Originally published September 6, 2016:
Many evangelicals assume that my eagerness for heaven stems from a desire to escape my disability. I understand their assumption. After all, Cerebral Palsy (especially such a severe case) imposes multiple restrictions on me, and those restrictions often carry a variety of subtexts. So of course one would conclude that the promise of a new body, free of the limitations currently thrust on me, holds a significant appeal for me.
In one sense, it does. But only when I view heaven in terms of how it will benefit me. And as I grow in understanding doctrine, I become increasingly convinced that most professing Christians hold an inverted view of heaven and its purposes.
Somewhere in my past, a friend posited the idea that heaven would be different for each of us, according to our interests, tastes and desires. Using her paradigm, heaven for me would be a giant art museum filled with works by Leonardo, Michelangelo, Monet, Sargent and Rockwell. With cheesecake for meals. Her heaven would be stables of magnificent horses for her to ride and sturdy oak trees for her to climb.
Such self-indulgent imaginings of heaven, however, bear more resemblance to the Muslim concept of endless pleasure as a reward for faithfulness than it does to the apostle John’s description in Revelation. Although I can’t go through all the verses in this one blog post, consider this one passage as representative of the essential Christian view:
22 And I saw no temple in the city, for its temple is the Lord God the Almighty and the Lamb. 23 And the city has no need of sun or moon to shine on it, for the glory of God gives it light, and its lamp is the Lamb. 24 By its light will the nations walk, and the kings of the earth will bring their glory into it, 25 and its gates will never be shut by day—and there will be no night there. 26 They will bring into it the glory and the honor of the nations. 27 But nothing unclean will ever enter it, nor anyone who does what is detestable or false, but only those who are written in the Lamb’s book of life.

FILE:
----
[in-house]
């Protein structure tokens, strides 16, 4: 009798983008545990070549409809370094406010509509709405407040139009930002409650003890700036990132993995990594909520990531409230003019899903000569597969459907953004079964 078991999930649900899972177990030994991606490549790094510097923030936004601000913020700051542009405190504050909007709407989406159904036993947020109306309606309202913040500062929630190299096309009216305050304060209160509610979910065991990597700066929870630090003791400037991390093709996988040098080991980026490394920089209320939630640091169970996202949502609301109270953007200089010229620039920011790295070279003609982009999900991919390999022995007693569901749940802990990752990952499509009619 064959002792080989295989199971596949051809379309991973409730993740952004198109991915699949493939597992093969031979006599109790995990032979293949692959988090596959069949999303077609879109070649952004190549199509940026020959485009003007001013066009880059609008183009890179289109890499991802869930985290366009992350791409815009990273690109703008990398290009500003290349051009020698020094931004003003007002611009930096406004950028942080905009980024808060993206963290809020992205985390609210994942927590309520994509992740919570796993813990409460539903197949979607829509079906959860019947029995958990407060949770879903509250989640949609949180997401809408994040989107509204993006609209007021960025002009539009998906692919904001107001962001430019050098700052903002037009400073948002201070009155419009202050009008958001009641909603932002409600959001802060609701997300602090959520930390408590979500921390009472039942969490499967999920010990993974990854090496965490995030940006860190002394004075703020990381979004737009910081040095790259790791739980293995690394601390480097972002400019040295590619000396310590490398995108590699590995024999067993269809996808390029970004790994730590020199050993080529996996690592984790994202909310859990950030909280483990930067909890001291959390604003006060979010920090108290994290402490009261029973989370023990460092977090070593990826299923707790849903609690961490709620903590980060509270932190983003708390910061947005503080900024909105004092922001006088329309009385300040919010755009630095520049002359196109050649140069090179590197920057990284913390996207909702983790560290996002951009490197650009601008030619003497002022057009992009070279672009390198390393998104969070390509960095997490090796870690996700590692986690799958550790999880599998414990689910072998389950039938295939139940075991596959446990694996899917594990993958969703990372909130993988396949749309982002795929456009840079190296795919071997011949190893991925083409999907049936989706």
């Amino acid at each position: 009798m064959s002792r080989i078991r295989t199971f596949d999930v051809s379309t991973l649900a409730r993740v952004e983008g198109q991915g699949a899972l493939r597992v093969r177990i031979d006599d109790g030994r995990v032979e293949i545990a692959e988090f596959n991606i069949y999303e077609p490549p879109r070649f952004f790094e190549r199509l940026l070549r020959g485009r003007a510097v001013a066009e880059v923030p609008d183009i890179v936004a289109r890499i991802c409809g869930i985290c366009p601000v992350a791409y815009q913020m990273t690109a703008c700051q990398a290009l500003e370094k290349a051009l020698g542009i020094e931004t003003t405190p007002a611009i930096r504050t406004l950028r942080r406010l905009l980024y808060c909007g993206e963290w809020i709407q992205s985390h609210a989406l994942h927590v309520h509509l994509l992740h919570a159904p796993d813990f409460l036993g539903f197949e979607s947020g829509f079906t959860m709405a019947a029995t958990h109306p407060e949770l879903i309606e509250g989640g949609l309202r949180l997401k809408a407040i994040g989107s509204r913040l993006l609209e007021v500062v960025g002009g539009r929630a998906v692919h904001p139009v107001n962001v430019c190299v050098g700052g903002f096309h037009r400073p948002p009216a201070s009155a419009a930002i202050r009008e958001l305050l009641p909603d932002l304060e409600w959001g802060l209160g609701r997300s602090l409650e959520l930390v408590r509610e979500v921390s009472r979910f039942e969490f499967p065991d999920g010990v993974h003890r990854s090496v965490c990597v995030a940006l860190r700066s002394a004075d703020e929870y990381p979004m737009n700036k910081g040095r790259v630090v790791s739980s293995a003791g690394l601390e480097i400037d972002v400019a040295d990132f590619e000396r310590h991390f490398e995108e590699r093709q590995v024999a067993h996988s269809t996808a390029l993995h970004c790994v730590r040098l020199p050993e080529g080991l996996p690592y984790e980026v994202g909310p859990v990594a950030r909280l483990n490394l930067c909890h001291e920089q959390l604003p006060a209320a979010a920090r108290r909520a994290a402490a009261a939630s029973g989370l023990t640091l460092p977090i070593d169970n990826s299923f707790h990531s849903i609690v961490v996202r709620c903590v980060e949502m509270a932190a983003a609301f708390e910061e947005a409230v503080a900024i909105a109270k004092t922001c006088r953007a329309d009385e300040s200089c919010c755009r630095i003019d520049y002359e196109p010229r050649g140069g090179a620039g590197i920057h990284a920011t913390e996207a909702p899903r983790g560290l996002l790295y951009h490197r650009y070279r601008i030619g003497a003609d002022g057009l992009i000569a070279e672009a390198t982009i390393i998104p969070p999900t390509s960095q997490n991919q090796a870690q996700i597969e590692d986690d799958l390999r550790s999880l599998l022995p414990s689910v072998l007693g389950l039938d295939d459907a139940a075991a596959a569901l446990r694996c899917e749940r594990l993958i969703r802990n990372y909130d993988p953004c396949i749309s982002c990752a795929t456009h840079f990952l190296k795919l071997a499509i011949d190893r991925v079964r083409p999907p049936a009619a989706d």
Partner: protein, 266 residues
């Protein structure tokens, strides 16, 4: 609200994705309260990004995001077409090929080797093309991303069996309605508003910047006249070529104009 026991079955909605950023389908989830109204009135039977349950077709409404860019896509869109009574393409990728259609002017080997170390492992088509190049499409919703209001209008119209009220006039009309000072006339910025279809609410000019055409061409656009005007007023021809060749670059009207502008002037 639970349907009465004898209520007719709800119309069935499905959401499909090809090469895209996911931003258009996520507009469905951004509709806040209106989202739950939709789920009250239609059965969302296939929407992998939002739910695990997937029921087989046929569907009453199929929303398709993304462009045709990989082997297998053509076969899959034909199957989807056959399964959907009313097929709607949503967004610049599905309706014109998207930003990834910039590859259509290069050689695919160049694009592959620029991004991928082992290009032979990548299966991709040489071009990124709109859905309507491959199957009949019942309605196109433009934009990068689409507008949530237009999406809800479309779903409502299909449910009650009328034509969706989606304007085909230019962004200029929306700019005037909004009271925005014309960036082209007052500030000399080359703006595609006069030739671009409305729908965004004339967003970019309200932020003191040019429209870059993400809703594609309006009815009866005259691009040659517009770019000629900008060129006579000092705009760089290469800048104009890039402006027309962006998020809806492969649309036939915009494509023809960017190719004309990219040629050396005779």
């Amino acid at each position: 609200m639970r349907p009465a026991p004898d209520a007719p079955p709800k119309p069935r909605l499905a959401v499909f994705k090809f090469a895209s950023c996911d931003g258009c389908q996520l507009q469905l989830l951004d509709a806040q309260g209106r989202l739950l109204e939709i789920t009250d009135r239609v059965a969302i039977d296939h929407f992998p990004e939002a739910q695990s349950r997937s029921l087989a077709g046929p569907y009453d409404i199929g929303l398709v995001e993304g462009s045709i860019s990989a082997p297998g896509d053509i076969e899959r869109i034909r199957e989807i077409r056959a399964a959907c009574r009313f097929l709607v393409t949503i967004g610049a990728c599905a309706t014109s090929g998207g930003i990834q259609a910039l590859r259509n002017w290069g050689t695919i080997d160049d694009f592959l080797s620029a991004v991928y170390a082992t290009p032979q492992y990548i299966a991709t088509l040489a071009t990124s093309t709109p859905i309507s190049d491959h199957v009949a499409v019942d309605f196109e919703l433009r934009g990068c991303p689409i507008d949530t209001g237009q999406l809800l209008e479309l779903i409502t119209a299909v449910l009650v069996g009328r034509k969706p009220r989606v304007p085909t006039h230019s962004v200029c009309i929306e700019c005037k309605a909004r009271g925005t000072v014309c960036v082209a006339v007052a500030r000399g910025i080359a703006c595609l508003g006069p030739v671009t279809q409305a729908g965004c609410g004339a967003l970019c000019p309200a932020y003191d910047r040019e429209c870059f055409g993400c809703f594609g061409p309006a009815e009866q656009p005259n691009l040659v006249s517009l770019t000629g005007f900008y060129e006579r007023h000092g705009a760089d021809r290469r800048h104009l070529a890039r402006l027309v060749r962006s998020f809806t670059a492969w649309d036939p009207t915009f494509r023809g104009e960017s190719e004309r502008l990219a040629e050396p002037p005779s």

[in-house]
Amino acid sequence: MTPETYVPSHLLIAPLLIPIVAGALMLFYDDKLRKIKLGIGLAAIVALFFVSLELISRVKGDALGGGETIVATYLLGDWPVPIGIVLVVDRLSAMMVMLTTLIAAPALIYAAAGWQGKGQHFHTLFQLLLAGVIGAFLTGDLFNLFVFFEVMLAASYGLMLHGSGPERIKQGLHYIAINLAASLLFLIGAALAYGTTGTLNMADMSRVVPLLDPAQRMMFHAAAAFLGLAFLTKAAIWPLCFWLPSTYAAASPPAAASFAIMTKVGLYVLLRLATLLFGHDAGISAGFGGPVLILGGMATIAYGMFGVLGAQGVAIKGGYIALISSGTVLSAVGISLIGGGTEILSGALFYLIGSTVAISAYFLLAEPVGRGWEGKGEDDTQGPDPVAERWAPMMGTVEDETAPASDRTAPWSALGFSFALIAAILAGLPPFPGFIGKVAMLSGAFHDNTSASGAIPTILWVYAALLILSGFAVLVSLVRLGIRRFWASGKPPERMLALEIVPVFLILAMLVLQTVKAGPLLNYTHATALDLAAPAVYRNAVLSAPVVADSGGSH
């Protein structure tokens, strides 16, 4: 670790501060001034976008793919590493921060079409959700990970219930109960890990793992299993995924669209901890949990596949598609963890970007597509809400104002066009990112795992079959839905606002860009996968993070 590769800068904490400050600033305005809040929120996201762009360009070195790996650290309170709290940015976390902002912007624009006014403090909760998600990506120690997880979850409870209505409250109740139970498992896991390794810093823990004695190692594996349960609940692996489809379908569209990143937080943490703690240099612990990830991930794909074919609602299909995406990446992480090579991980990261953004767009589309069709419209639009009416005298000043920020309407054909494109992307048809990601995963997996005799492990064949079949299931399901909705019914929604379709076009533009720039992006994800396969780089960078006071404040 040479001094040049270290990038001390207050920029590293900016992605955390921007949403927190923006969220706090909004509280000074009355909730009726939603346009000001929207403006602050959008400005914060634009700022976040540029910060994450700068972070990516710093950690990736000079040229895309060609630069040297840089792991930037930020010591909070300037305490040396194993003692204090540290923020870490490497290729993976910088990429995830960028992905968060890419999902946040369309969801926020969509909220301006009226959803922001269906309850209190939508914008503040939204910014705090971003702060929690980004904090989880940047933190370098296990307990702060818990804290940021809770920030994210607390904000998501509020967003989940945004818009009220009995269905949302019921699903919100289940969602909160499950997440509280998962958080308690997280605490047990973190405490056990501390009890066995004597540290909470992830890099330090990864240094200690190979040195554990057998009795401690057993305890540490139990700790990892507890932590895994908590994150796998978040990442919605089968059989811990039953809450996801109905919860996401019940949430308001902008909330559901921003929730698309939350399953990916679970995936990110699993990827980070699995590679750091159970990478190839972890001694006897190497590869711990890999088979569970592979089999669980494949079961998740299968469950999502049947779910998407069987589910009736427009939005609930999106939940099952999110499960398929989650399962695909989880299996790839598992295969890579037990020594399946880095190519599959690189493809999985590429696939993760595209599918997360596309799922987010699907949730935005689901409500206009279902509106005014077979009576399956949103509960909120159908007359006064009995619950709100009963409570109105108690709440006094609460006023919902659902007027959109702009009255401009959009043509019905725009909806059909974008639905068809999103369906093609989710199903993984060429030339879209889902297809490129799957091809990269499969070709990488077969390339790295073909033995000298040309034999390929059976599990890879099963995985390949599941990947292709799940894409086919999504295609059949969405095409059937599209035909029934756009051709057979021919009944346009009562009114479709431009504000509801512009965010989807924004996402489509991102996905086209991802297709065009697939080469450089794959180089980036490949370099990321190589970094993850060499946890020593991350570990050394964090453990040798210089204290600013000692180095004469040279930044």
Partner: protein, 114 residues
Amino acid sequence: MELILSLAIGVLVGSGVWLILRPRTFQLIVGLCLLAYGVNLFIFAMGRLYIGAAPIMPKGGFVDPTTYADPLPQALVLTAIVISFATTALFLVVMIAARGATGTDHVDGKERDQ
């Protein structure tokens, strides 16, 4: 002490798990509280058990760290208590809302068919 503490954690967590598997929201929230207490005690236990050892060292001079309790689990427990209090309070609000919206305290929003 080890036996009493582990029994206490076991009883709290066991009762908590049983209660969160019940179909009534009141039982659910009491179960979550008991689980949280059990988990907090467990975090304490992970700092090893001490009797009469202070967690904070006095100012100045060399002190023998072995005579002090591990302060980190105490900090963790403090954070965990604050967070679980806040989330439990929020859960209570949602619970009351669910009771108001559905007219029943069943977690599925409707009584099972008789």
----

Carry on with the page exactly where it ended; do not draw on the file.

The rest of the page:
Then the angel showed me the river of the water of life, bright as crystal, flowing from the throne of God and of the Lamb 2 through the middle of the street of the city; also, on either side of the river, the tree of life with its twelve kinds of fruit, yielding its fruit each month. The leaves of the tree were for the healing of the nations. 3 No longer will there be anything accursed, but the throne of God and of the Lamb will be in it, and his servants will worship him. 4 They will see his face, and his name will be on their foreheads. 5 And night will be no more. They will need no light of lamp or sun, for the Lord God will be their light, and they will reign forever and ever. ~~Revelation 21:22-22:5 (ESV)
Clearly the apostle John depicts heaven as an emanation of the Lord’s glories. Earlier in chapter 21, he does describe some of heaven’s beauties, but the pinnacle of his description is the Lord Himself. He emphasizes the Lord’s preeminence rather than enumerating the various pleasures that most of us so eagerly anticipate.
Instead of making heaven about us, then, shouldn’t we anticipate the glories of being in the presence of the risen Christ? Or at least the joy of complete liberation from our sin nature so we can finally serve Him in holiness? Can we rejoice that He created us for heaven rather than selfishly assuming that He created heaven for us?
The apostle John knew that heaven abolishes sickness, pain and sorrow, but that it does so for the Lord’s glory and not to benefit us. Our liberation from those maladies will allow us to serve Him with greater freedom and to worship Him without pollution. I would be content to remain disabled in heaven, gazing on the wonder of His glory, but He will give me a body through which I can best serve Him. What an honor!